I graduated with a BBA in finance 2 months ago from an unknown university, passed cfa level 1 last year ( did it before reading your article about why its useless :D)
    Until now, no luck in finding any internship in IB in Dubai. (been applying since last summer)
    Planning to go to germany and to study the language,
    the question is: what are my odds in getting into the industry both before and after learning the language ??

    hopefully will get an answer :)

    1. M&I - Nicole

      I’d say a 50/50 chance. I may try to obtain your masters from a target university to increase your chances.

  9. I am currently pursuing a degree in Actuarial Science. Is it possible for me to get an internship to be an analyst? I am considering between actuary and investment banker right now, which do you think will be better for me? Thank you! ( this is my first time leaving a comment, hopefully I will receive a reply?

    1. M&I - Nicole

      Yes you can apply for banking internships though if you haven’t had any experience in finance it can be challenging. I’d say still apply for the internships and see how it goes. I’d also apply to actuarial roles as a backup. I don’t think one is mutually exclusive to the other. In terms of which one is better, it is hard to say here so best for you to experience it yourself.

  10. “As far as I know, Credit Suisse only has a few senior bankers (maybe 2-3 VPs and a few Directors and MDs) as of the time of this interview (late 2014)”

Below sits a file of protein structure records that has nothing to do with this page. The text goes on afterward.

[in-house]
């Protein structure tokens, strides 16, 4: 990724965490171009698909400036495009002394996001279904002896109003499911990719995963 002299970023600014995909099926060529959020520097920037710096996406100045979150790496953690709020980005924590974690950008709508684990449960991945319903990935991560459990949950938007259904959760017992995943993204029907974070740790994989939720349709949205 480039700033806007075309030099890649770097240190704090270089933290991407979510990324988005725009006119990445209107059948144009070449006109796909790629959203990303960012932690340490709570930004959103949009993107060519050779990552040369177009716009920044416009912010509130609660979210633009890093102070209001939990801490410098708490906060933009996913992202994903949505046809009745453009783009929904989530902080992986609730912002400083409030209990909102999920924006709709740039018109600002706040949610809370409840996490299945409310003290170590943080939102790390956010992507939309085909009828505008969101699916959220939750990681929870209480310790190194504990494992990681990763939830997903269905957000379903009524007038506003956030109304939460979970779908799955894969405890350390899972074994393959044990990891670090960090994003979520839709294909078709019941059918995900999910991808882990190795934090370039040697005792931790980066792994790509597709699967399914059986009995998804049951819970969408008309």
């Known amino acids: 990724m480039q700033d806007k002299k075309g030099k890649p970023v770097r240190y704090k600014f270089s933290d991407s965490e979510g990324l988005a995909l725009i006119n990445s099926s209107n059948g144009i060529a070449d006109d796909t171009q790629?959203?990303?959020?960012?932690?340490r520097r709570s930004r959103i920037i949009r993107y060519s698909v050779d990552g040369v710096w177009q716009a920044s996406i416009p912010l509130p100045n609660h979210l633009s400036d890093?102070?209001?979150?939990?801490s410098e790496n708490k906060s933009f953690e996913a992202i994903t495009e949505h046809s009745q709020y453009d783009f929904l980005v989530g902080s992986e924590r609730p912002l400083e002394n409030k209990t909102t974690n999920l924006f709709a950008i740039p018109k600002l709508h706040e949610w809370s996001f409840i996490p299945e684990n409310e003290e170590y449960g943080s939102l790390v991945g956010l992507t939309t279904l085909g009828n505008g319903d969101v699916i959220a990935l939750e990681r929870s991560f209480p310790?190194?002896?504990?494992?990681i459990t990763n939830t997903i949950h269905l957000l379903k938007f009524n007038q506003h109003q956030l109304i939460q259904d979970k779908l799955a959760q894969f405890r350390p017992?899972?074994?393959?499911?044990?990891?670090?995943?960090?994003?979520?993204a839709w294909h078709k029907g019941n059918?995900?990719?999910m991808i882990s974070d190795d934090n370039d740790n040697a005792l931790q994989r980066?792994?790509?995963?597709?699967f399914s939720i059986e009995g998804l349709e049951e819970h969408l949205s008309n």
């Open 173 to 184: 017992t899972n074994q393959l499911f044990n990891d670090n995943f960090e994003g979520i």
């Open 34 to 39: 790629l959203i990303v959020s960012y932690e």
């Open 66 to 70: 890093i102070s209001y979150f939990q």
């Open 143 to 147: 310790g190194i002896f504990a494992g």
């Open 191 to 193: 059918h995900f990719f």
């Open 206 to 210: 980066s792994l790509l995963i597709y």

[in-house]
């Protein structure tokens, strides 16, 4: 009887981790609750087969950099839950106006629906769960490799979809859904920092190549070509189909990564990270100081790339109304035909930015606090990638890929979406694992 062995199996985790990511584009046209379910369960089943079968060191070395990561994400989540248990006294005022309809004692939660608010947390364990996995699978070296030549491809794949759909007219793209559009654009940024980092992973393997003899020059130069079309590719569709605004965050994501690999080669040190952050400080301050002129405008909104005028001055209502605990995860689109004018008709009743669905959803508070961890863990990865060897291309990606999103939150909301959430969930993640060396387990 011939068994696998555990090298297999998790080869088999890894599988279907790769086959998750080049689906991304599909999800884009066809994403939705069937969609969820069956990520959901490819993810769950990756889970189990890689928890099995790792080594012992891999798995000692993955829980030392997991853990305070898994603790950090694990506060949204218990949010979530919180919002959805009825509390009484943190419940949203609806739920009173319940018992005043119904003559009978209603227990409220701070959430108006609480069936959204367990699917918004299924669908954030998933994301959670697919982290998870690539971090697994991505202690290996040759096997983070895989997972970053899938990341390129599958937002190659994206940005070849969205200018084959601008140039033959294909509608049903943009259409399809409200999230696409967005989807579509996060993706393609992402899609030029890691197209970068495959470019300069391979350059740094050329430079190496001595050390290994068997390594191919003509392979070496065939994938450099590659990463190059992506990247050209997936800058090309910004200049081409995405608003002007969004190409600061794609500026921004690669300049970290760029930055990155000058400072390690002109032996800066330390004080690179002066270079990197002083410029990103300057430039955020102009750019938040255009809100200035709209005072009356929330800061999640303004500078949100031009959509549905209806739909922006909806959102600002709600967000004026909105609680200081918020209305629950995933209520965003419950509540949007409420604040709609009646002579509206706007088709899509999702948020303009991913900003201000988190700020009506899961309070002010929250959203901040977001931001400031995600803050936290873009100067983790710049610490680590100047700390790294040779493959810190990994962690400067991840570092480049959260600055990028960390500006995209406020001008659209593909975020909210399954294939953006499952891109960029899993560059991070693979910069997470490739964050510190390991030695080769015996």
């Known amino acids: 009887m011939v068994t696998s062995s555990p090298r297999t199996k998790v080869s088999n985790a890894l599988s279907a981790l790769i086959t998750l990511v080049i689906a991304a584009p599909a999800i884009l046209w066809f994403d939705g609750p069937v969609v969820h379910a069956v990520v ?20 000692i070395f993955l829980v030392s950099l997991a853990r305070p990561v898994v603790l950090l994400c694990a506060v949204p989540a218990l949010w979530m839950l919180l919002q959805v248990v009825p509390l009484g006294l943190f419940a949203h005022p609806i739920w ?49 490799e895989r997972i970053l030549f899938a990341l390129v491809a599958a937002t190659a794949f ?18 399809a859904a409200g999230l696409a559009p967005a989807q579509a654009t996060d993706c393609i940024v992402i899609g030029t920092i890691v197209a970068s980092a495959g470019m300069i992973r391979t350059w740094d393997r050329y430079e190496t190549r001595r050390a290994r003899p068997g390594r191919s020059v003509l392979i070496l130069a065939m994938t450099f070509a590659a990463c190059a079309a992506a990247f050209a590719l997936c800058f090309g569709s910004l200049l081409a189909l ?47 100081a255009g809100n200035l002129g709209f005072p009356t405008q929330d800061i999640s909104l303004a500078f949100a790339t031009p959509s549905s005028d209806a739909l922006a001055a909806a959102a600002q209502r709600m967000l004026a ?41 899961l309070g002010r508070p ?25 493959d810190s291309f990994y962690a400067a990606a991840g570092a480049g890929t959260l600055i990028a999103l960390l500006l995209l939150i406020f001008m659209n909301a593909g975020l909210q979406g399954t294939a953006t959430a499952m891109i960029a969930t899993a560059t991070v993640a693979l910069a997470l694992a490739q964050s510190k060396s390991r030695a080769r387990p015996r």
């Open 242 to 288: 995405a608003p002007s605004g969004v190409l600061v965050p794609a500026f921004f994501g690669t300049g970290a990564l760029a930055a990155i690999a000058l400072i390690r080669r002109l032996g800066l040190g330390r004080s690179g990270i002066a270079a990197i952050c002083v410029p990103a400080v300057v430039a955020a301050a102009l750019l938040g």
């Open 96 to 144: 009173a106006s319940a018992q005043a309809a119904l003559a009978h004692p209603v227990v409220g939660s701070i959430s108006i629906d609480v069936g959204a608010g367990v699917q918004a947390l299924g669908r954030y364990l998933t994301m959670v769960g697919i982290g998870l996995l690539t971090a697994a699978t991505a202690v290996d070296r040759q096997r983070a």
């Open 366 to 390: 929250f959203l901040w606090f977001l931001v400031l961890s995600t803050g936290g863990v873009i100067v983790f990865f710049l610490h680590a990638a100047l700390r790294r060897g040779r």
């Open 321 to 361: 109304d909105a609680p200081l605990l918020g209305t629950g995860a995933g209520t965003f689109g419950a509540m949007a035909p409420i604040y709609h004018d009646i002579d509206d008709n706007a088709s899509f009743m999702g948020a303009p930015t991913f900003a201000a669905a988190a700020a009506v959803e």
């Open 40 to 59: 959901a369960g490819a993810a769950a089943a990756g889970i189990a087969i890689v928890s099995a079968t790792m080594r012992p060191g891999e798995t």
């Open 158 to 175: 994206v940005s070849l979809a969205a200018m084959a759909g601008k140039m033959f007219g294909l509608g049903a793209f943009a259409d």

During the summer 2014, CS did have juniors in FFM, too. That might have changed, though.

    1. Thanks for adding that.

    2. FFMintern

      CS’s analysts have to be in London for two years before they can relocate

  11. If the standard working language is German, why are the presentations all in English?

    1. Because a lot of the deals are cross-border and/or they may have the London or NY teams helping out with certain aspects of the deal, so it helps if the written documents are in English so that the widest possible audience can read them.

      I’m not sure why they would still be in English if neither of those teams is helping and it’s a deal involving only German companies, though…

      1. To avoid any doubts about the meaning of certain terms. And most German companies have affiliates around the world. So It may well be that advisers who don’t speak German are involved, too (lawyers etc.).

        1. Great, thanks for adding that.

      2. Frankfurt-based teams are usually generalists as far as I know. So work streams are usually shared with London-based industry teams who might not speak German.